PUBLISHED: 08:16 EST, 25 June 2012 | UPDATED: 08:27 EST, 25 June 2012
This is the incredible photo showing two U.S. sprinters crossing the finish line on the same thousandth of a second during trials for the Olympics – a finish too close for even the camera to call.
Now a toss of a coin or a head-to-head sprint could decide whether Allyson Felix or Jeneba Tarmoh represents the country in the women’s 100 meters at the London Olympics, athletics officials said.
Felix and Tarmoh finished in a dead heat – at 11.068 seconds – for third place in Saturday’s 100 final at the U.S. Olympic trials. Until now, there has been no protocol for determining the winner.
Too close to call: Jeneba Tarmoh (bottom) and Allyson Felix both cross the finish line for the Olympic trials with a time of 11.068. Now a head-to-head race or coin toss will decide the outcome
Officials spent most of the next 24 hours developing a procedure for breaking the deadlock.
Each nation can be represented by a maximum of three athletes per event at the Games.
U.S. officials said the final place, who would join world champion Carmelita Jeter and Tianna Madison for the 100 in London, would be determined by the time the trials end on July 1.
‘We will select our team before we leave here,’ USA Track and Field (USATF) spokeswoman Jill Geer said.
Battle: The track timer had initially named Tarmoh, right, as the winner before officials reviewed the results
Under the procedure, if neither athlete declines a position on the team, they can choose either a run-off or coin flip.
Bob Kersee, who coaches both athletes, said he considered the procedure, which was developed by USATF and U.S. Olympic Committee officials, to be fair.
‘But if there is a run-off, the health of the athlete must be protected,’ Kersee said.
If the two women fail to agree on which option to employ, the final place will be decided by a race. If they choose the toss of a coin, Felix, as the highest ranking athlete, would pick heads or tails.
The procedure, a two-page document, even specified details of the coin, which must be a quarter dollar with the image of first U.S. President George Washington on one side and an eagle on the reverse.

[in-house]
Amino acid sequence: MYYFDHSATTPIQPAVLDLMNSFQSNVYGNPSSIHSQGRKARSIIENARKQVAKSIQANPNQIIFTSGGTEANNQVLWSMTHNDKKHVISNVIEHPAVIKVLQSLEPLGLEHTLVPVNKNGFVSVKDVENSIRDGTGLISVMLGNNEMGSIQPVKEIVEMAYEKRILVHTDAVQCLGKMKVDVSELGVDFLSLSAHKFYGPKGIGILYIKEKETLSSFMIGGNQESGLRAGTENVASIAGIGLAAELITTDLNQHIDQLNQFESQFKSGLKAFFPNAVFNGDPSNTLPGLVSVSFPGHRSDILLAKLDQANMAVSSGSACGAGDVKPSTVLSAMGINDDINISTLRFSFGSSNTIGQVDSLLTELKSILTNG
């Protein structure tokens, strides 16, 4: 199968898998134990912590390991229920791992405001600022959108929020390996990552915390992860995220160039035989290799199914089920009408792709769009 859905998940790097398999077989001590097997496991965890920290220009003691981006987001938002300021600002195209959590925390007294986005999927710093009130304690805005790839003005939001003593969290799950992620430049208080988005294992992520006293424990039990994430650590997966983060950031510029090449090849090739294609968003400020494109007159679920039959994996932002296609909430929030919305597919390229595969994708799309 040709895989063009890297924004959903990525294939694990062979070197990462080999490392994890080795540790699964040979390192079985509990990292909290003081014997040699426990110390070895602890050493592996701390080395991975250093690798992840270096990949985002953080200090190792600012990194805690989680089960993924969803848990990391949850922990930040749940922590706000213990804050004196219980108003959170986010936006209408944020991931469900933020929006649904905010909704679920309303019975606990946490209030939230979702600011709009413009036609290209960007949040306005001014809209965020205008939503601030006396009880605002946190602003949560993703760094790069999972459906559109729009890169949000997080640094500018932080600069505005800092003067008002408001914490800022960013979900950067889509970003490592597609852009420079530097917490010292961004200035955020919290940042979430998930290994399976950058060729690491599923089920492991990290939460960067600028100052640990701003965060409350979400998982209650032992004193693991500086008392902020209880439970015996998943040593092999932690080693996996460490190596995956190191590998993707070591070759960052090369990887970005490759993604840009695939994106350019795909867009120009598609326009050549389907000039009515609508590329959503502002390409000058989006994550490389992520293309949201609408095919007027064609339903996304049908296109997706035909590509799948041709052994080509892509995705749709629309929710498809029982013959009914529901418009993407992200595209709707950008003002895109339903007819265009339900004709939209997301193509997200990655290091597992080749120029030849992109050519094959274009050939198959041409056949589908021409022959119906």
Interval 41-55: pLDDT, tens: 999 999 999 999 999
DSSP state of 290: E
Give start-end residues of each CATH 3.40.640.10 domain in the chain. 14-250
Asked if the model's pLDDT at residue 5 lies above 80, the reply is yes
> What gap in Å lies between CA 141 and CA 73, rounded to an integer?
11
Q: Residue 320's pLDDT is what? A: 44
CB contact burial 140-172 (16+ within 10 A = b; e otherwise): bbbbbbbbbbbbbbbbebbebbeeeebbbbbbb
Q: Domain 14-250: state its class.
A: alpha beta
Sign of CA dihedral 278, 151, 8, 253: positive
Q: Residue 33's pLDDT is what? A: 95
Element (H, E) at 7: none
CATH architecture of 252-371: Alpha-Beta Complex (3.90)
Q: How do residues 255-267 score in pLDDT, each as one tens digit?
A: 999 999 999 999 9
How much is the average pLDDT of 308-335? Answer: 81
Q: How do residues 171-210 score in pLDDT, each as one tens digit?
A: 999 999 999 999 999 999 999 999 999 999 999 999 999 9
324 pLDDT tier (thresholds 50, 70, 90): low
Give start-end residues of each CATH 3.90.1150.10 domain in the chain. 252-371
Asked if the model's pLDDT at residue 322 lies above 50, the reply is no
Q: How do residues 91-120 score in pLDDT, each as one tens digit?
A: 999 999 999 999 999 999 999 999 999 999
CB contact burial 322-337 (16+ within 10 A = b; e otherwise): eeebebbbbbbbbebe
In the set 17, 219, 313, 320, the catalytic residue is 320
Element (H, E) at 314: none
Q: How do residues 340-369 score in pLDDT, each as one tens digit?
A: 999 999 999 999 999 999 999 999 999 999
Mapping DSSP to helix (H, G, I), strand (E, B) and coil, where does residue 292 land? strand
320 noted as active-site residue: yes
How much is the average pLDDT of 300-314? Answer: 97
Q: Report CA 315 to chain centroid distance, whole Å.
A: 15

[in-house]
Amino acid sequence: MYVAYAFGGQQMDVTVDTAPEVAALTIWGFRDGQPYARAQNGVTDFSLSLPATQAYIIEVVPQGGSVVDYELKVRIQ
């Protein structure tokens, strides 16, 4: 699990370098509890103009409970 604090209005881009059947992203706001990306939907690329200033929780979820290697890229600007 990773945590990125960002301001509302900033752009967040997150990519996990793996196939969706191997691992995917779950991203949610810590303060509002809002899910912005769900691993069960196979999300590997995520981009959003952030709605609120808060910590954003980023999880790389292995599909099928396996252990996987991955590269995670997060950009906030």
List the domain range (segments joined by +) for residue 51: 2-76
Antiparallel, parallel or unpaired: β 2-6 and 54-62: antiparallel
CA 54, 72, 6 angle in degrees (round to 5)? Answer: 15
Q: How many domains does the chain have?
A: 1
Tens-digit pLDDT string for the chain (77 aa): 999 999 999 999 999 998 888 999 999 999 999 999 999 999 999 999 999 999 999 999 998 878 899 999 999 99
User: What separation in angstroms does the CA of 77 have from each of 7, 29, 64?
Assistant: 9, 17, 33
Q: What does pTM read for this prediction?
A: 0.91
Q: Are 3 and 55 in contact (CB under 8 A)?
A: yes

Disbelief: The two women finished dead heat for the third position on the women’s 100m Olympic team
Both Felix and Tarmoh will compete in the 200 trials on Thursday and the finals for that event are on Saturday.
They have not been given an official deadline by which to make their decision for the 100 metre place. Kersey said they would not make their choice until after the 200 metre trials.
Kersee said that track officials ‘need to leave my athletes alone and let me coach them in the 200, then make a decision.’
He added that he would not choose which runner made the Olympic team because ‘it would be like, “Which kid do you love the most?”‘
‘I’ve never seen anything like this,’ Ato Boldon, a four-time Olympic sprinter from Trinidad and Tobago who now works as an NBC boradcaster, said, the New York Times reported.
Support: The two women have the same trainer and contracts with Nike. If they choose to run in a head-to-head, it will take place after this weekend, when they are both trying out for the 200m team
Anxious: If they pick a coin toss, Felix (right) would choose heads or tails as she is the higher ranking athlete
‘How long has this sport been around? It’s crazy that there’s not something very specific. I guarantee that there will be something put in there now. How we reached this point without a rule, I have no idea.’
At first, the timer had ruled Tarmoh was the winner, with Felix, who has won three Olympic medals, placing one-thousandth of a second behind her.
Brandishing a mini American flag, Tarmoh went to a news conference with Jeter and Madison, while Felix gave an emotional interview and said ‘fourth is the worst’.
But track officials revised the results and discovered there had been a tie.